Potty mouth

Man has homophobic meltdown over two port-a-potties placed outside his restaurant during Pride

A local business owner from Iowa is accused of throwing a homophobic temper tantrum during his town’s Pride celebration.

It all started when two port-a-potties were placed near John Wisor’s restaurant during Pride Fest in East Davenport, Iowa last weekend.

That’s when at least half a dozen volunteers say Wisor, who owns a restaurant called 11th Street Precinct, flew into a rage. According to witnesses, he ran out onto the street and shouted antigay insults at them, including calling them “f*cking queers” and “f*ggots.”

“He said you need to move these, you need to move these you f*cking queer or I’m going to move them myself”, Hootman tells local media. “We said we were not going to move the toilets, and he said, ‘Yes, you are, you f*cking queers!'”

Related: This antigay farmer is banned from selling apples after writing a homophobic Facebook post

Wisor, of course, denies everything and is accusing Pride organizers of being overly dramatic.

“This is typical, them ginning up stories,” he claims, adding, “I’ve been down that road, too; everyone’s got a witness!”

Wisor says he feels the placement of the port-a-potties was disrespectful.

“Everything stems from poor planning, execution, communication, and utter lack of respect!” he laments. “They put those urinals right outside my front door! Does it take a rocket scientist to see that it’ll stink and come into my business?”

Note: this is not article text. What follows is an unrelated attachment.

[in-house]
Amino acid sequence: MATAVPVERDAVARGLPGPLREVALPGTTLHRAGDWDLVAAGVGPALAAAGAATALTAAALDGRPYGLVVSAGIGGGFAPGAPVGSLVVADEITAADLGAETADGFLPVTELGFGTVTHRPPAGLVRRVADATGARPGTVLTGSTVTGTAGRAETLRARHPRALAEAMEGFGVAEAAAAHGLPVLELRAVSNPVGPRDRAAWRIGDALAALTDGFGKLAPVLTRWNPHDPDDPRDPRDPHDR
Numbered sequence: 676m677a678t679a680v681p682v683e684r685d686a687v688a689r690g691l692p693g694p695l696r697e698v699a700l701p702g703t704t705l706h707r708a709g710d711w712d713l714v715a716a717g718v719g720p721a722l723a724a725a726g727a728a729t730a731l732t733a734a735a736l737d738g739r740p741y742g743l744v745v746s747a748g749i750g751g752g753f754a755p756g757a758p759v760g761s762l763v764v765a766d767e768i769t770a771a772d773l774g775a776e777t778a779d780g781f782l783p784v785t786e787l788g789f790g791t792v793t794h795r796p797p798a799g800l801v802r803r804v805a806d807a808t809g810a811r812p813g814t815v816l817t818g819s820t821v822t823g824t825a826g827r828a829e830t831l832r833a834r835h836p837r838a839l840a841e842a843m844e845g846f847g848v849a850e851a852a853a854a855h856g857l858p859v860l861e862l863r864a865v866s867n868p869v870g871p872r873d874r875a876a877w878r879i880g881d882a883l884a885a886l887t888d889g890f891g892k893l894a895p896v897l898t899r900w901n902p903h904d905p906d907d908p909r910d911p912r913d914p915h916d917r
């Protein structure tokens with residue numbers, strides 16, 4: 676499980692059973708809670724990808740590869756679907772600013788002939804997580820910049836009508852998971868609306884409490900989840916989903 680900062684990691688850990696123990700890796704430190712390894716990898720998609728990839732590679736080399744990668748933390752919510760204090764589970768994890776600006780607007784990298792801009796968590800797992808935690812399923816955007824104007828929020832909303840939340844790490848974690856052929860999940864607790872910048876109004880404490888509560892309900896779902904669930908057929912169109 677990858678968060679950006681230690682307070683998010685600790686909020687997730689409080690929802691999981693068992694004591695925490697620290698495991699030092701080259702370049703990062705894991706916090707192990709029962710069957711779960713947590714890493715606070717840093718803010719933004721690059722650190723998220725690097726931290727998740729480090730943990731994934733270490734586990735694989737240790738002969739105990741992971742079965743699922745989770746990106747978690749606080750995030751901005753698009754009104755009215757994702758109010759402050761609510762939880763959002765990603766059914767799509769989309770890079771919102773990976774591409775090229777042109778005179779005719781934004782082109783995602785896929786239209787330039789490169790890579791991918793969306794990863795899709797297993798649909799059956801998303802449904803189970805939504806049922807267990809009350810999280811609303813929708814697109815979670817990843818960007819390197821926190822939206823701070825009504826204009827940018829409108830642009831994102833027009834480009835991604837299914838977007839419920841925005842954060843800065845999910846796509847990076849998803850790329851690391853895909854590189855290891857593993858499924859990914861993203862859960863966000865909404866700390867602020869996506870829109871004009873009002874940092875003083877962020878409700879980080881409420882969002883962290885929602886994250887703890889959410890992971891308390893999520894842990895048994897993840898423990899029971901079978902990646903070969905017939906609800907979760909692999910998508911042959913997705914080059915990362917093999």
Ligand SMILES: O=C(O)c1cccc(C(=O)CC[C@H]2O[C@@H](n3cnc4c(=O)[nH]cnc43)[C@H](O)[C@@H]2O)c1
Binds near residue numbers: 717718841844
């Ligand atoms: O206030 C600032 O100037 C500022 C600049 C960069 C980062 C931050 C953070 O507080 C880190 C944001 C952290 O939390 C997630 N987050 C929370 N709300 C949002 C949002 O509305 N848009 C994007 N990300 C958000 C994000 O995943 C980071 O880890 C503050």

But Quad-City Times reports that the two toilets were on the street but were not in front of Wisor’s business like he claims. Not only that, but they had signs posted on them that said, “Not for public use.”

Related: Homophobic Bar Owner Goes Off On Gay Couple, Internet Goes Off On Homophobic Bar Owner

Since Wisor’s alleged homophobic outburst, many on social media have vowed to boycott the 11th Street Precinct Bar and Grill.

Despite Wisor’s insults, Hootman says he and the other volunteers “stood our ground.”

“Like, we’re here, we’re not letting you win,” he says. “We had permission to be here, and we’re not going to roll over just because someone yells at us and calls us names.”

“[It’s] ice to know the community at large is very supportive here, and it makes me feel welcomed,” Hootman says.

Related: Gay bar owner’s racist history comes back to haunt him, but he would still like your business

Don't forget to share: